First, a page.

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University of Iowa News Release

 

Jan. 7, 2009

Sale suggests realigning federal agencies to prevent future market meltdowns

The regulation of banks and other financial institutions in the United States is a "crazy quilt" of decentralized federal agencies that need to be reorganized to make future market meltdowns less likely, according to a University of Iowa law professor.

Hillary Sale, a securities law expert in the University of Iowa College of Law, believes federal agencies should be realigned so that some oversee consumer protection and others oversee the institutions' financial health.

Currently, she said, too many agencies must perform both tasks, which means they can do neither task well and creates conflicts of interest.

In a recent paper, "Redesigning the SEC: Does the Treasury Have a Better Idea?", Sale and her co-author, Columbia University law professor John Coffee, point out that one of the reasons for the current economic meltdown was the lack of a cohesive regulatory approach that allowed financial institutions to inflate the real estate and mortgage bubble.

Investment banks, commercial banks, mortgage lenders, stock brokers and other financial institutions are regulated by a patchwork of federal agencies with different missions and different resources. It doesn't help, either, she said, that the agencies frequently engage in political turf wars and suffer other management dysfunctions.

For instance, Sale said banks and savings and loans can be regulated by the Federal Reserve, the Office of the Comptroller of the Currency, the FDIC or the Office of Thrift Supervision. Securities are regulated by either the SEC or the Commodities Futures Trading Commission, while insurance isn't regulated by any agency at the federal level.

At the same, the approach toward federal regulation in recent years has generally been the less, the better, causing regulatory agencies to loosen rules and regulations for banks and other financial institutions. Sale said cuts in the SEC also left the agency "outgunned" in its efforts to regulate organizations that could afford to fight off regulation with armies of economists and attorneys.

As a result, she said the SEC was not nearly robust enough to contend with the mortgage and real estate bubble, just as it wasn't robust enough to properly regulate the dot com-fueled run-up in the stock market in the 1990s. Or the accounting irregularities scandal that brought down companies like Enron that followed, or stock options backdating, or Bernard Madoff operating a hedge fund that was actually a $50 billion Ponzi scheme, or any number of other corporate scandals in the past decade.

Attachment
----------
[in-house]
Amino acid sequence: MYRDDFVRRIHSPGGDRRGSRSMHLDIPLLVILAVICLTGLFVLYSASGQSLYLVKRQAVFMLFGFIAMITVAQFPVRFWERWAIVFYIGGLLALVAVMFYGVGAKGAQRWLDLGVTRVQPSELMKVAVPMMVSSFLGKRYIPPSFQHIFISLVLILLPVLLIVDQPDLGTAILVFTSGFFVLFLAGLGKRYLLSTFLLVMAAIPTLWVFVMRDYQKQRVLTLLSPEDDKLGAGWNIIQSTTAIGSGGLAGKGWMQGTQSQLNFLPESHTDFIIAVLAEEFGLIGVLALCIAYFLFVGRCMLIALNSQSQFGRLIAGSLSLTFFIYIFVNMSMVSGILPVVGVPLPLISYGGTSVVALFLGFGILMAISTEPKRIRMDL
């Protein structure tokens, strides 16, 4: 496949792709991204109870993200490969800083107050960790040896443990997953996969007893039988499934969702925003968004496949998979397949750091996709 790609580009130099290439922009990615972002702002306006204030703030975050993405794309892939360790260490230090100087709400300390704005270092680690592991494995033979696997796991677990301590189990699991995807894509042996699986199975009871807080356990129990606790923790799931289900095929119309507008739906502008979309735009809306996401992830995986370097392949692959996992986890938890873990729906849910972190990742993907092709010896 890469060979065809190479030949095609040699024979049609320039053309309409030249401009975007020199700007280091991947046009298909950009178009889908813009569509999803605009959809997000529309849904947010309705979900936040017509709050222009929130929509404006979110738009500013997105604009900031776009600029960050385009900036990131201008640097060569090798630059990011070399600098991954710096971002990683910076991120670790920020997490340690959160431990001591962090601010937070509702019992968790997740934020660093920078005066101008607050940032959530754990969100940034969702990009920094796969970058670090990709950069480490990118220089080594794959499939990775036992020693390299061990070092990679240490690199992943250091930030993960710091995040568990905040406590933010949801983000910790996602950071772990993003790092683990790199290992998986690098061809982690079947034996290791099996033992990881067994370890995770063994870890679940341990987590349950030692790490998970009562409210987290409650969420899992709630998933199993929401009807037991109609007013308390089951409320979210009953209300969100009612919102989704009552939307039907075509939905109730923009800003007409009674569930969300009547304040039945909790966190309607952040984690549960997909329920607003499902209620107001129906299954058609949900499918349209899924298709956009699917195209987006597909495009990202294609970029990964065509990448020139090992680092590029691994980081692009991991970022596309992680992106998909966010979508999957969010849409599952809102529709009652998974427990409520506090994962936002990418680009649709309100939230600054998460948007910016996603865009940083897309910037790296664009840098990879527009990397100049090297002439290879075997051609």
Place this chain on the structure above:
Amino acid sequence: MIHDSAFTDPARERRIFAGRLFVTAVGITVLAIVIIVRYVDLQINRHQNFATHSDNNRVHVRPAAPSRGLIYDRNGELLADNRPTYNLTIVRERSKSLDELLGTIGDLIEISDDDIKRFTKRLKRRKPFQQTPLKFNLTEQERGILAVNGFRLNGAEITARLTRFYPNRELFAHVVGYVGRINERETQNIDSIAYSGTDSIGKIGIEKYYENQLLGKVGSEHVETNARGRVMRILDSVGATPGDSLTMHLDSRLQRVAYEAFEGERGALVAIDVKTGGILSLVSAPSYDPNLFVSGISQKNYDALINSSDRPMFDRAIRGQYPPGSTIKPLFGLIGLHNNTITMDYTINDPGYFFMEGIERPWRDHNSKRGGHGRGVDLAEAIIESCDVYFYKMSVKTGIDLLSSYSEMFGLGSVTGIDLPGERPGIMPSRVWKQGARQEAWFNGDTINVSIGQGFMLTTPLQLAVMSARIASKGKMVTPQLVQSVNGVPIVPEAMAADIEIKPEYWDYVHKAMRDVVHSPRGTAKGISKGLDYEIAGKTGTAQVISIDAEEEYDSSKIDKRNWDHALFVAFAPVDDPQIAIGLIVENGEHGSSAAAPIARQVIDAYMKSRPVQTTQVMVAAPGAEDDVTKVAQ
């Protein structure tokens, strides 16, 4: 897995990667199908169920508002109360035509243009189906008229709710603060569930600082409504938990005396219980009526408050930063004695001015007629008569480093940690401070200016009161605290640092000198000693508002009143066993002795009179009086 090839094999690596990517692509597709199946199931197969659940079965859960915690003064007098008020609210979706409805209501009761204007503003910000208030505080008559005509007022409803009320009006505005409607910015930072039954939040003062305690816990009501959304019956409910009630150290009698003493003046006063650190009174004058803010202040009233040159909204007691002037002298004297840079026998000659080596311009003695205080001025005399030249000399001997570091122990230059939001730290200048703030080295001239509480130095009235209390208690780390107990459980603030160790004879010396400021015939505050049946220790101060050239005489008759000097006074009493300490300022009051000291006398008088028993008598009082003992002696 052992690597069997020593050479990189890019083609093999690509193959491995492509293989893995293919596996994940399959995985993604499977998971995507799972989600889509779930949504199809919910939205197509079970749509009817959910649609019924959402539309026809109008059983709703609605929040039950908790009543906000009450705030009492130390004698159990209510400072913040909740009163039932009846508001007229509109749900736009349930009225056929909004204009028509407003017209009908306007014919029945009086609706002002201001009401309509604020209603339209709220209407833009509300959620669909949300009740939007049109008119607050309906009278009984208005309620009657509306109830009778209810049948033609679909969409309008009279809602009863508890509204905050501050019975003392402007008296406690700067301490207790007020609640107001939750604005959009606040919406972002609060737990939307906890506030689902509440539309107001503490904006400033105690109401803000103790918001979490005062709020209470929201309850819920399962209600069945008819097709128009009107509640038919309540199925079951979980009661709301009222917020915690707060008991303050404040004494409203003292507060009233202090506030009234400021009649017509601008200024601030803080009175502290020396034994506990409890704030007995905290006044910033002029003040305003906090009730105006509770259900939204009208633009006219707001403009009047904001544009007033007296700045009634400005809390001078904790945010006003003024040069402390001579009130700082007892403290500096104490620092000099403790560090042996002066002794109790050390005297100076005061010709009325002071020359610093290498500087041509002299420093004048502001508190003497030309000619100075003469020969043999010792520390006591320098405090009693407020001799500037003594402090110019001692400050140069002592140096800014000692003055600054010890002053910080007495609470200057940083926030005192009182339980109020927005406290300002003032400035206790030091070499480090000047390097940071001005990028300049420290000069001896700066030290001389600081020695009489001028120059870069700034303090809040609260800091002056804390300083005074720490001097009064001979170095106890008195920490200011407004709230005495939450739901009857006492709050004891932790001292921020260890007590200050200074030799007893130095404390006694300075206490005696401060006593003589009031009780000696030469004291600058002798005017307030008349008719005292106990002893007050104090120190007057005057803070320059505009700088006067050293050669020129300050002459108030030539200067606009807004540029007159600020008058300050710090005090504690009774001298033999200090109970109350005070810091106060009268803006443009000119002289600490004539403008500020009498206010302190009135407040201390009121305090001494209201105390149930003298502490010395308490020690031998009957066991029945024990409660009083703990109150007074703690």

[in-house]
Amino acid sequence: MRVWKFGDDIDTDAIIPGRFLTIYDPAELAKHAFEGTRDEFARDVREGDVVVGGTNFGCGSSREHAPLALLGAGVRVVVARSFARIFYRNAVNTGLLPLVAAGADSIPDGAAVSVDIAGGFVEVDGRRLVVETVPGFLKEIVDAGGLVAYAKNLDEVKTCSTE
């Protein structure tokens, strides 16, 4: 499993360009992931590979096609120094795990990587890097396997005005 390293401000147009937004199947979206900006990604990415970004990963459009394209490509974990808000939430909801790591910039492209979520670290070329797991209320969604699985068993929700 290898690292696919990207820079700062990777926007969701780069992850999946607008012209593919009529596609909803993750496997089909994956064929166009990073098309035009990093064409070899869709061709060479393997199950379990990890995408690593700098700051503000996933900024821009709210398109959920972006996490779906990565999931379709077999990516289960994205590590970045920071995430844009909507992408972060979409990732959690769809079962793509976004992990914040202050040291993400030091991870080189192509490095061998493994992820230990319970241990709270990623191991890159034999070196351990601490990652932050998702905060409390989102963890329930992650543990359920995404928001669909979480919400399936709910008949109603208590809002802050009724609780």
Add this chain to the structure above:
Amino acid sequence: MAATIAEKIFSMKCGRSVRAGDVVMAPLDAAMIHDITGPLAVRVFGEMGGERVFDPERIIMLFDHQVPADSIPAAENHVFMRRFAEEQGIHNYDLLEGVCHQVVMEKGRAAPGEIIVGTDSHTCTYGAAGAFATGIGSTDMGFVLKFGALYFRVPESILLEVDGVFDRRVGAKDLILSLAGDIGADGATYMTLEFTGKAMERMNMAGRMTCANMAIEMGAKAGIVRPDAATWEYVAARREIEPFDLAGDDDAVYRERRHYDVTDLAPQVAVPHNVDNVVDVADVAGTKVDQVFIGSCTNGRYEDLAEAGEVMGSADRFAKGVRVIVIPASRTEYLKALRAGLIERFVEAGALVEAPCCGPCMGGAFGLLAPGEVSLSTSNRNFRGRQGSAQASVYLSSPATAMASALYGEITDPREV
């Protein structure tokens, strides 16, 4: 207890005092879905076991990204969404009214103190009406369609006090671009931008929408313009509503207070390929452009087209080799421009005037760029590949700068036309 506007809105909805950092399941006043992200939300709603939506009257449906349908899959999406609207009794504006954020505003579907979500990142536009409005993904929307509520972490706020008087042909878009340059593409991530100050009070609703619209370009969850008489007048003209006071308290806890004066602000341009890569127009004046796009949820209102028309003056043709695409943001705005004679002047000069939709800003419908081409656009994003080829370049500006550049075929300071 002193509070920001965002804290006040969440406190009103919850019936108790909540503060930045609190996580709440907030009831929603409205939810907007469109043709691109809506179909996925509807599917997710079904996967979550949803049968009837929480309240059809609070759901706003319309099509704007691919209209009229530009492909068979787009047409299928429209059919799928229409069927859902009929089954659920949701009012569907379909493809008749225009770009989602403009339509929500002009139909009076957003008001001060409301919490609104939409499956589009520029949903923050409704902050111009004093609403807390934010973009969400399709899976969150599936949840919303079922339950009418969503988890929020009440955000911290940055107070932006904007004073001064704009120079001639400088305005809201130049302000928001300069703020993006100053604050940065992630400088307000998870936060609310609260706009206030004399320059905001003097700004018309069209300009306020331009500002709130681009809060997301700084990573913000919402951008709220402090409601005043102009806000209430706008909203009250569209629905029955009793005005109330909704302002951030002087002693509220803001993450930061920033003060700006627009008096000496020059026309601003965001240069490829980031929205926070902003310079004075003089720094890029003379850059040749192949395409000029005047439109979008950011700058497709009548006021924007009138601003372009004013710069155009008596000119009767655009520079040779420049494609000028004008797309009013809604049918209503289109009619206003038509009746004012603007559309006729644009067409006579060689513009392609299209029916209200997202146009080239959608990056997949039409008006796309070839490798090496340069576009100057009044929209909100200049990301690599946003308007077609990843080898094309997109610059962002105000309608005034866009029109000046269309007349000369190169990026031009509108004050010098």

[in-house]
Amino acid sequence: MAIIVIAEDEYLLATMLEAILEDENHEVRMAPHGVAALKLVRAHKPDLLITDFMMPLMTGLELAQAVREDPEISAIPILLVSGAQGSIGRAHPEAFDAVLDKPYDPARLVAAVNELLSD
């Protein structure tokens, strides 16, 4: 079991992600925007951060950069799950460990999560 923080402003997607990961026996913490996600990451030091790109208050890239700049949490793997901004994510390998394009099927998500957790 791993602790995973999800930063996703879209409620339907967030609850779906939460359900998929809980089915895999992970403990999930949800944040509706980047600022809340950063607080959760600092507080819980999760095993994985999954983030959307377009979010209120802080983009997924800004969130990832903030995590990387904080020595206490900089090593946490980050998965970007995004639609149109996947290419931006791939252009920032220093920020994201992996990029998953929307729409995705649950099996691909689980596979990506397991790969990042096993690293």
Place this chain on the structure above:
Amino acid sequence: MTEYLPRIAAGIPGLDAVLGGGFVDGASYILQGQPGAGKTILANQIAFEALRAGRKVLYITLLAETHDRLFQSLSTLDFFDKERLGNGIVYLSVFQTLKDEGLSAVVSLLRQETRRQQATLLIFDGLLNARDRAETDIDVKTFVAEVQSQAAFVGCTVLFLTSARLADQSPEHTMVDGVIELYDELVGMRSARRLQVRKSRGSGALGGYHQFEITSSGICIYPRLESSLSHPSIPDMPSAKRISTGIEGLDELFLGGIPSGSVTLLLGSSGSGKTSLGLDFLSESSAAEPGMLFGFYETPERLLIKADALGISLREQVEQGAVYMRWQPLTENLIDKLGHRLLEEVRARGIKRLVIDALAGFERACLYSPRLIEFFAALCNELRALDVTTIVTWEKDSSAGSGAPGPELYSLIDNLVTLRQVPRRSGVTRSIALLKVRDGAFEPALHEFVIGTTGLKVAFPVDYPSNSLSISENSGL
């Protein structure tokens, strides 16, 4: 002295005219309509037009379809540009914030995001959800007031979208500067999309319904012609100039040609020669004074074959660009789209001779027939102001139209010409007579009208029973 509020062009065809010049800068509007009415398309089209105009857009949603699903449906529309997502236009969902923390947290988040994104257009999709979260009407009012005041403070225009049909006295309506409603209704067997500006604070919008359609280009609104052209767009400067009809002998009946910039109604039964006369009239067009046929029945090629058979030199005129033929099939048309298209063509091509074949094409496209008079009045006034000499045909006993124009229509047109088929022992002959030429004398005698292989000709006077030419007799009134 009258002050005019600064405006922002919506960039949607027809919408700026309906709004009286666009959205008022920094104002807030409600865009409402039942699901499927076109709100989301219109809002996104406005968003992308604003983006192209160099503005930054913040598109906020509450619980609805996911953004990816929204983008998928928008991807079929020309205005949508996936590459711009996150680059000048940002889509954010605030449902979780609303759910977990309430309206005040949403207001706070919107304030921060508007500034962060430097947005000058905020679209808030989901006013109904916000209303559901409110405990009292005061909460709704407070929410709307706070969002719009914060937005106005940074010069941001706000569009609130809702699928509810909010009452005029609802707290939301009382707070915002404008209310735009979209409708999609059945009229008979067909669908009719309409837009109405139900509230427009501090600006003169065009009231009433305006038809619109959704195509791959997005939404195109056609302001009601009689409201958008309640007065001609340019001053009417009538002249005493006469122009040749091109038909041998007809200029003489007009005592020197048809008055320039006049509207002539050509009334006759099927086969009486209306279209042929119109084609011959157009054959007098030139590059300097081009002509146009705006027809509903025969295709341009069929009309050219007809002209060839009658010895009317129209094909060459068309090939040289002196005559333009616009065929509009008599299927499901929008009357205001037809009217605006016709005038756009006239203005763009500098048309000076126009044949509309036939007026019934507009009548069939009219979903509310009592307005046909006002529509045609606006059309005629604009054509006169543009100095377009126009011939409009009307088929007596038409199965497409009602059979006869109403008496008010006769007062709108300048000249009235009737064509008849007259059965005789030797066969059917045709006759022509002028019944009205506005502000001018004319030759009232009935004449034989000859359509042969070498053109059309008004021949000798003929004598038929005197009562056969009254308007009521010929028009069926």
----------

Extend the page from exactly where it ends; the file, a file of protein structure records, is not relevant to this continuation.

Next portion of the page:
"It becomes plausible that failures in regulatory oversight, including by the SEC, may have played a greater cause in the economic debacle than has been generally emphasized, by softening requirements for disclosure and due diligence standards," Sale said.

Now, in the wake of the economic collapse, Sale said the government needs to create a new regulation framework, if for no other reason than to restore investor confidence in the markets and to maintain the global competitiveness of the U.S. economy.

The Department of the Treasury undertook such a task in 2006, when it released its own paper suggesting a number of changes in the regulatory framework. Among those was the so-called "twin peaks" framework that gives some agencies the mission to protect consumers and others the mission of ensuring an institution's business soundness.

Sale and Coffee support aspects of that recommendation and suggest the SEC take over the function of consumer protection, while the Federal Reserve and OCC are merged into an agency that monitors financial institutions for soundness.

They also suggest that the new, merged agency have regulatory authority over insurance companies, hedge funds and other institutions that are currently unregulated by any federal agency.

Sale and Coffee argue that the government must restore a robust regulatory emphasis to rebuild confidence in the market by making sure lenders do not take undue risks in trying to keep up with competitors who are taking unnecessary risks. That's what happened in recent years, when competitive pressures encouraged banks to make billions of dollars in questionable loans that, in the end, were not paid back.

"Once the market becomes hot, the threat of civil liability-either to the SEC or to private plaintiffs in securities class actions-seems only weakly to constrain this momentum," Sale said. "Explosive growth and a decline in professional standards often go hand in hand."

But Sale and Coffee are critical of the Treasury Department's recommendations to allow more self-regulation by financial institutions instead of the government, and to force state regulators to take a back seat to federal agencies when investigating fraud.

Sale said that state regulators, particularly in New York, have uncovered some of the most dramatic fraud cases in recent years and provided competition that forces the SEC to take action. That competition, she said, increases enforcement and fills in the gaps between the various federal agencies.

"Redesigning the SEC: Does Treasury Have a Better Idea?" will appear in a forthcoming issue of the Virginia Law Review, which is published by the University of Virginia College of Law.

STORY SOURCE: University of Iowa News Service, 300 Plaza Centre One, Suite 371, Iowa City, Iowa 52242-2500.

MEDIA CONTACT: Tom Snee, 319-384-0010, tom-snee@uiowa.edu